I often have people ask me for writing advice. What should they use to write? (Their fingers. Also their brain. But mostly just their fingers.) How should they write? (Probably in their native language, though an entire novel in pig Latin could be interesting.) How do they finish a manuscript? (Just write as much as you can and then tack THE END after a period. Taa daa! DONE.)
One thing people don't ask me much is what defines genre. So I thought I'd give you a handy guide! These are just guidelines, really, as there is wiggle room within any genre.
Kiersten's Guide to Genre Within YA (with special thanks to Natalie Whipple for key contributions)
Contemporary: Teen characters should have conversations indicative of years of self-examination on a therapist's couch despite their age. Also, sidekick characters must have bizarre nicknames, usually revolving around food or funnily inaccurate physical descriptors.
Dystopian: Must have a main character with the letter X or Z in their name. If you have no characters with Xs or Zs, you are doing it wrong and you have not written a dystopian.
Historical Fantasy: Much like Steampunk, but without airships or goggles. Pants must be referred to as "breeches" and underclothes as "shifts." Very Brave Horses and taverns should also feature prominently. Bad guys must be described as smelling "ripe," but good guys will not smell terrible even after weeks on the road with Very Brave Horses and tavern stops.
Historical Fiction: BIG DRESSES. Nothing else really matters.
Horror: Many side characters who can encounter horribly violent deaths. Wise-cracking best friend capable of making jokes in the midst of a bloodbath. Also, the odd absence of cell-phones and proper lighting.
Issue Contemporary: Same teen characters, but with Very Big Problems that will get you banned in certain communities and give you total street cred among authors.
Paranormal Romance: Must describe the love interest boy as well-muscled at least once per chapter. Also the words "brooding" "mysterious" and "agony" have to feature prominently. Type of creature that the boy is does not matter, so long as he mysteriously broods in well-muscled agony.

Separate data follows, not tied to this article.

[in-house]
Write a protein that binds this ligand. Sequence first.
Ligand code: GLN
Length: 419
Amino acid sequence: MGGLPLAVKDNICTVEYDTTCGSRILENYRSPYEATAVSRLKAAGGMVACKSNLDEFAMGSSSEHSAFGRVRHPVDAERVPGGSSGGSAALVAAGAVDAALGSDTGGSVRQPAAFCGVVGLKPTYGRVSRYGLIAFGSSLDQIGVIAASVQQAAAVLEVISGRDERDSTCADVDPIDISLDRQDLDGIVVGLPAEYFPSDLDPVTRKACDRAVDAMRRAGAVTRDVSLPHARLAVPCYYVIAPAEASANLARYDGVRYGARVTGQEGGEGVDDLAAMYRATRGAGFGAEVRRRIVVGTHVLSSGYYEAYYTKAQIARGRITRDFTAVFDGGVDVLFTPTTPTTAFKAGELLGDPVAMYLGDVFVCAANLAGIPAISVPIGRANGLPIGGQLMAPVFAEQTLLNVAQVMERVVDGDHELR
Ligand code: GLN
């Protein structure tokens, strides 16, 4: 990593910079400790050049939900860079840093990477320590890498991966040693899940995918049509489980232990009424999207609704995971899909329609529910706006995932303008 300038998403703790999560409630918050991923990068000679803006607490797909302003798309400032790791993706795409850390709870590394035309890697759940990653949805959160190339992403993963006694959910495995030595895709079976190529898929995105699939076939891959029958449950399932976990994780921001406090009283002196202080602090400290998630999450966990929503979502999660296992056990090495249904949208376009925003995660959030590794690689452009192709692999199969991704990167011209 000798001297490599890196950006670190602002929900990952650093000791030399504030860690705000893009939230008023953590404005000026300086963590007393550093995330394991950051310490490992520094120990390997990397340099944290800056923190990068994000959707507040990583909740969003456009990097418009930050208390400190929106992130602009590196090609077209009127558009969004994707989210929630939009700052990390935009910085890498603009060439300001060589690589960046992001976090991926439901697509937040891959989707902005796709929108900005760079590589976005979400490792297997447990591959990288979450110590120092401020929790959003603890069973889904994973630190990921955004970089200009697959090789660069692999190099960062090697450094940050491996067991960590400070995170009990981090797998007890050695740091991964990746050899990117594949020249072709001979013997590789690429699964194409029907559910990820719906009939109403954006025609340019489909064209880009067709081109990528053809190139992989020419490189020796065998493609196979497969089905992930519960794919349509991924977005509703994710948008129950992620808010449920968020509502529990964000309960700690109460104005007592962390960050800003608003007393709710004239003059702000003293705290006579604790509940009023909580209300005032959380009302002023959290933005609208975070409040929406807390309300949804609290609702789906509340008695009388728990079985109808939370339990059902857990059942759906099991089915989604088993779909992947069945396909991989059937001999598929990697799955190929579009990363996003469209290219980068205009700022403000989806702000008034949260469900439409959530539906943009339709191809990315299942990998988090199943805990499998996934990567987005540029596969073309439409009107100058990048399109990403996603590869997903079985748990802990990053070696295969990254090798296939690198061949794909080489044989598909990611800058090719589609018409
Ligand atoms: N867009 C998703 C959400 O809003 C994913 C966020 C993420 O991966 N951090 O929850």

Sci-Fi: As we learn from Spongebob, in the future everything is chrome. Also things that really have no reason to fly/hover will fly/hover. Technology is super advanced (probably you should have at least one thing implanted in your main characters [I would like a Dr Pepper fountain machine implanted into my pinky finger, just fyi], whether voluntarily or against their will) except for when your characters are on the run, in which case in spite of incredibly advanced tech the bad guys are inexplicably unable to track them. (Other than the trail of Dr Pepper left suspiciously in their wake.) X and Z names encouraged but not essential.
Steampunk: The inclusion of goggles and airships in any story of any time period automatically qualifies it as Steampunk. Corsets don't hurt, either. Crossdressing is also a common theme, so if you have a corset-wearing boy with goggles driving an airship, YOU HAVE CREATED THE ULTIMATE STEAMPUNK!
Urban Fantasy: Much like paranormal romance, but with more profanity. And still the muscles.
All Genres: An excess of orphans/woefully underinvolved parents. Too many pairs of brilliant green eyes, and an odd number of violet eyes though no one has ever actually known anyone with violet eyes. Teens wittier than anyone you know in real life. References/plot mirrors to books that teens do not want to read, but authors think they should (mostly because authors were forced to read them in school). Girl who isn't anything special but actually IS everything special. Girl who thinks she is average looking but manages to attract not one but two supernaturally good looking guys. Token minority friend. And, finally, sexually charged lab partners. Because nothing is sexier than high school labs. LIGHT MY BUNSEN, BABY!
There you have it! A comprehensive guide to genre. Tomorrow-ish: A Basic Plot Primer for the YA Newbie (Hint: BIG DANCES are involved).